When Donald Trump launched his presidential campaign in June 2015, he described Mexican immigrants as "people that have lots of problems," including drug traffickers, rapists, and other criminals. He graciously added that "some, I assume, are good people." Last night on 60 Minutes, by contrast, Trump said most undocumented immigrants are "terrific people," although 2 million or so (about 18 percent) are criminals who need to be locked up or deported. That is no mere change of emphasis, since Trump is no longer talking about deporting all 11 million unauthorized residents of the United States, along with their U.S.-citizen children.
When Lesley Stahl asked Trump about his "pledge to deport millions and millions of undocumented immigrants," the president-elect said, "After the border is secured and after everything gets normalized, we're going to make a determination on the people that you're talking about, who are terrific people." That stance is consistent with the immigration "softening" that Trump mentioned last August. Back then he admitted that some immigrants who live in this country without the government's permission are "great, great people" and suggested he was open to legalizing them. Although there would be "no citizenship" and "no amnesty as such," he said, if they "pay back taxes" he would be willing to "work with them."
Appearing on CNN's State of the Union yesterday, House Speaker Paul Ryan (R-Wis.) confirmed that Trump does not intend to carry out the sort of mass deportation he frequently advocated during his campaign. "I'm a person who believes that, for the undocumented, we have to come up with a solution that doesn't involve mass deportation, that involves giving people the ability to get right with the law to come and earn a legal status while we fix the rest of legal immigration," Ryan said. "I think we should put people's minds at ease. That is not what our focus is. That is not what we're focused on. We're focused on securing the border….We are not planning on [creating] a deportation force. Donald Trump's not planning on that."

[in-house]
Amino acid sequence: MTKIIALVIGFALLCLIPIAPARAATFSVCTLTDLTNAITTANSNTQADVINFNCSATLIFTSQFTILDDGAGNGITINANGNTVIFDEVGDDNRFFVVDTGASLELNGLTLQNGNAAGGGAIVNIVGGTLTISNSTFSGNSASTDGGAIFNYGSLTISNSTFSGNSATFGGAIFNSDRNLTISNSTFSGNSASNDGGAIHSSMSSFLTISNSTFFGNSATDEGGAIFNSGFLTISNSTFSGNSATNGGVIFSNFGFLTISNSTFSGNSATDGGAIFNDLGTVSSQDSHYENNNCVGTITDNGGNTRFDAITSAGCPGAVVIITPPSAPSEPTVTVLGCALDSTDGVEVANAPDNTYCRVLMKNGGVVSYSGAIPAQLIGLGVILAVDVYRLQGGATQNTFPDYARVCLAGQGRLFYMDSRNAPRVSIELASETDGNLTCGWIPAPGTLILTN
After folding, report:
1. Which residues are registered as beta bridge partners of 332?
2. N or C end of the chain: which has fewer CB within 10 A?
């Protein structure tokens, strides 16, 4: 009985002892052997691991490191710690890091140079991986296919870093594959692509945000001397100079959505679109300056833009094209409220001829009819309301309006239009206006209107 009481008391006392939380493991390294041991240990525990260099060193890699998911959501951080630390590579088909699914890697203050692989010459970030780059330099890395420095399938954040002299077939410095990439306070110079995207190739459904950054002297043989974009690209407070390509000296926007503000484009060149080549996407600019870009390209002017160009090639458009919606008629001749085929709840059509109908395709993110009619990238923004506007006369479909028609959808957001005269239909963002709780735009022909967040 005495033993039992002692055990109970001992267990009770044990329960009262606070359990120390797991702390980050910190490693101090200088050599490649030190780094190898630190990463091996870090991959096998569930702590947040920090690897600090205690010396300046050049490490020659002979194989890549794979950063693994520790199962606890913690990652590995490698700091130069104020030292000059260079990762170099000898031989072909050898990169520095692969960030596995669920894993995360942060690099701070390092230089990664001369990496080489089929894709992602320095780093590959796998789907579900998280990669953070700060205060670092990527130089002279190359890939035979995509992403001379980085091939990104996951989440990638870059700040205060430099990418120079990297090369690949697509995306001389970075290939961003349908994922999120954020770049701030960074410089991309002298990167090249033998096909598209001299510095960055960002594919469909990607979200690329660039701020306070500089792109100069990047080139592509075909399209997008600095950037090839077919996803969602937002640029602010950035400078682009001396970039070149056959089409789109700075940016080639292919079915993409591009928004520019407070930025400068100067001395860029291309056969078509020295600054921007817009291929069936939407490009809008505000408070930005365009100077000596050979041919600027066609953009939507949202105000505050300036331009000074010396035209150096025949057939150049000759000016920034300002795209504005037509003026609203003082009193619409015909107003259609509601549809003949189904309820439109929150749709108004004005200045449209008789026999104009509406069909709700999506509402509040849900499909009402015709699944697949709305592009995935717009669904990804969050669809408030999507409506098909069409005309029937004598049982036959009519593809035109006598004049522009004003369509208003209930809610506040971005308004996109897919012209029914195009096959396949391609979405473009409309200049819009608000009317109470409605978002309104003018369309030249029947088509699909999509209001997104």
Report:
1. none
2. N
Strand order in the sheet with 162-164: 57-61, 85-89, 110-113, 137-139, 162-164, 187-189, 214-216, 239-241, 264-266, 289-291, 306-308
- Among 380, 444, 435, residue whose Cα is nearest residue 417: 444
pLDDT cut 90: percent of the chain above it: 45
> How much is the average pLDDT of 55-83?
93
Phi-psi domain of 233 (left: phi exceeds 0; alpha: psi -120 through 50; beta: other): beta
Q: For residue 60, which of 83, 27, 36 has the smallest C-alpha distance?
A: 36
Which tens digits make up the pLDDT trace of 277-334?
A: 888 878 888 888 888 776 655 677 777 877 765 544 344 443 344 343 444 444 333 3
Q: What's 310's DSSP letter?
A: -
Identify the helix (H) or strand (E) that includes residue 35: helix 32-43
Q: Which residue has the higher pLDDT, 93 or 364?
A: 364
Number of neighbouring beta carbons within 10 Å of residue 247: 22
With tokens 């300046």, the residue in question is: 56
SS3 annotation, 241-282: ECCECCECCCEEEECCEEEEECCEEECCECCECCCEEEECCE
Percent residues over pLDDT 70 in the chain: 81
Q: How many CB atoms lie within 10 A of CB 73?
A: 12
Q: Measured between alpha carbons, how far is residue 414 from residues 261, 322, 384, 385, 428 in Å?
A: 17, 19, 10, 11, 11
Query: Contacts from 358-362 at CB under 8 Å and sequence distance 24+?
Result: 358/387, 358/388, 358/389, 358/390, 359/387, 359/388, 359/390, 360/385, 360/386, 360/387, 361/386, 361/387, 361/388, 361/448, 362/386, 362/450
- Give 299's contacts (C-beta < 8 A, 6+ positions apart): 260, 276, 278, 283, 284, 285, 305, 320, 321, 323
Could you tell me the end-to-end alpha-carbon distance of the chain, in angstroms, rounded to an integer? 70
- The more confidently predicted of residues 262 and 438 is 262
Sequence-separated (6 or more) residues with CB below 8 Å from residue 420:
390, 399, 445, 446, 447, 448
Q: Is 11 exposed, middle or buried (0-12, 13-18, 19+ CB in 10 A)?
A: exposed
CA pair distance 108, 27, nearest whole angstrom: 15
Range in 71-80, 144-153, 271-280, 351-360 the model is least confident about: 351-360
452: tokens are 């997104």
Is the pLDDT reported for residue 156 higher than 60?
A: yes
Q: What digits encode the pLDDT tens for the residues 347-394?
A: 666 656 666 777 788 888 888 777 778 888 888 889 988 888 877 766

If Trump really has given up on deporting all unauthorized immigrants, he may simply be acceding to reality. As the American Civil Liberties Union noted last July, "Trump's mass deportation scheme would mean arresting more than 15,000 people a day on immigration charges, seven days a week, 365 days a year." Even if that were practical, the ACLU observed, "there is no conceivable mechanism to accomplish the roundup that Trump has promised while respecting basic constitutional rights."